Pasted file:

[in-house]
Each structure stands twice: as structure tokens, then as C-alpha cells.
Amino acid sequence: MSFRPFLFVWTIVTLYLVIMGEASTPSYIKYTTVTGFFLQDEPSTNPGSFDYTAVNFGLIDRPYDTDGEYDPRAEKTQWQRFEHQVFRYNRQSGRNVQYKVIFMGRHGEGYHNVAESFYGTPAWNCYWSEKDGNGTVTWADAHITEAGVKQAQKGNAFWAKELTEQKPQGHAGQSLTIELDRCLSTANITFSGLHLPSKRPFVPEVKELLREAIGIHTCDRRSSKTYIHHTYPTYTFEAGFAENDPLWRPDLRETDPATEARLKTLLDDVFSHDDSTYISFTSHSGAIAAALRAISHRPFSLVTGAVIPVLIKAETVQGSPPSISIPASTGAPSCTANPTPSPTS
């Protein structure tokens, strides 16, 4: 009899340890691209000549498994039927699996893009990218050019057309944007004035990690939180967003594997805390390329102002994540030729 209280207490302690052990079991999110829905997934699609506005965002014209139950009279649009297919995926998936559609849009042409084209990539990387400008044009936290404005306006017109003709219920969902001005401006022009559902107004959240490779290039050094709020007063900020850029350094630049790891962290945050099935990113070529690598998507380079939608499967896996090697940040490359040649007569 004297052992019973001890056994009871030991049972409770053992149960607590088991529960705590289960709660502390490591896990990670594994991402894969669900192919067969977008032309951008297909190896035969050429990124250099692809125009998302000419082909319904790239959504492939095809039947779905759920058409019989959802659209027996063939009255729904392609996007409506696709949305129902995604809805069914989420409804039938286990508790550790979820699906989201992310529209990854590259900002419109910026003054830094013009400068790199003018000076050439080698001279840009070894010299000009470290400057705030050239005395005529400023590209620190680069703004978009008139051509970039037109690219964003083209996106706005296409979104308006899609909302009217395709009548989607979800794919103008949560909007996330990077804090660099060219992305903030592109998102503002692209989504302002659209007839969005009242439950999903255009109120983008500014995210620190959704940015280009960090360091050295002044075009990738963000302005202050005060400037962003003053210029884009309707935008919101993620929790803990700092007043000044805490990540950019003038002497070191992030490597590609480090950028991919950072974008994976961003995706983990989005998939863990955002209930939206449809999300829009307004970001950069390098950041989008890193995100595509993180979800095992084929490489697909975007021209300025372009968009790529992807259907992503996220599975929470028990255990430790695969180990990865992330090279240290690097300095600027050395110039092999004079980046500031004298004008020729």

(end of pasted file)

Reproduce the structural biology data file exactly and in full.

[in-house]
Each structure stands twice: as structure tokens, then as C-alpha cells.
Amino acid sequence: MSFRPFLFVWTIVTLYLVIMGEASTPSYIKYTTVTGFFLQDEPSTNPGSFDYTAVNFGLIDRPYDTDGEYDPRAEKTQWQRFEHQVFRYNRQSGRNVQYKVIFMGRHGEGYHNVAESFYGTPAWNCYWSEKDGNGTVTWADAHITEAGVKQAQKGNAFWAKELTEQKPQGHAGQSLTIELDRCLSTANITFSGLHLPSKRPFVPEVKELLREAIGIHTCDRRSSKTYIHHTYPTYTFEAGFAENDPLWRPDLRETDPATEARLKTLLDDVFSHDDSTYISFTSHSGAIAAALRAISHRPFSLVTGAVIPVLIKAETVQGSPPSISIPASTGAPSCTANPTPSPTS
């Protein structure tokens, strides 16, 4: 009899340890691209000549498994039927699996893009990218050019057309944007004035990690939180967003594997805390390329102002994540030729 209280207490302690052990079991999110829905997934699609506005965002014209139950009279649009297919995926998936559609849009042409084209990539990387400008044009936290404005306006017109003709219920969902001005401006022009559902107004959240490779290039050094709020007063900020850029350094630049790891962290945050099935990113070529690598998507380079939608499967896996090697940040490359040649007569 004297052992019973001890056994009871030991049972409770053992149960607590088991529960705590289960709660502390490591896990990670594994991402894969669900192919067969977008032309951008297909190896035969050429990124250099692809125009998302000419082909319904790239959504492939095809039947779905759920058409019989959802659209027996063939009255729904392609996007409506696709949305129902995604809805069914989420409804039938286990508790550790979820699906989201992310529209990854590259900002419109910026003054830094013009400068790199003018000076050439080698001279840009070894010299000009470290400057705030050239005395005529400023590209620190680069703004978009008139051509970039037109690219964003083209996106706005296409979104308006899609909302009217395709009548989607979800794919103008949560909007996330990077804090660099060219992305903030592109998102503002692209989504302002659209007839969005009242439950999903255009109120983008500014995210620190959704940015280009960090360091050295002044075009990738963000302005202050005060400037962003003053210029884009309707935008919101993620929790803990700092007043000044805490990540950019003038002497070191992030490597590609480090950028991919950072974008994976961003995706983990989005998939863990955002209930939206449809999300829009307004970001950069390098950041989008890193995100595509993180979800095992084929490489697909975007021209300025372009968009790529992807259907992503996220599975929470028990255990430790695969180990990865992330090279240290690097300095600027050395110039092999004079980046500031004298004008020729």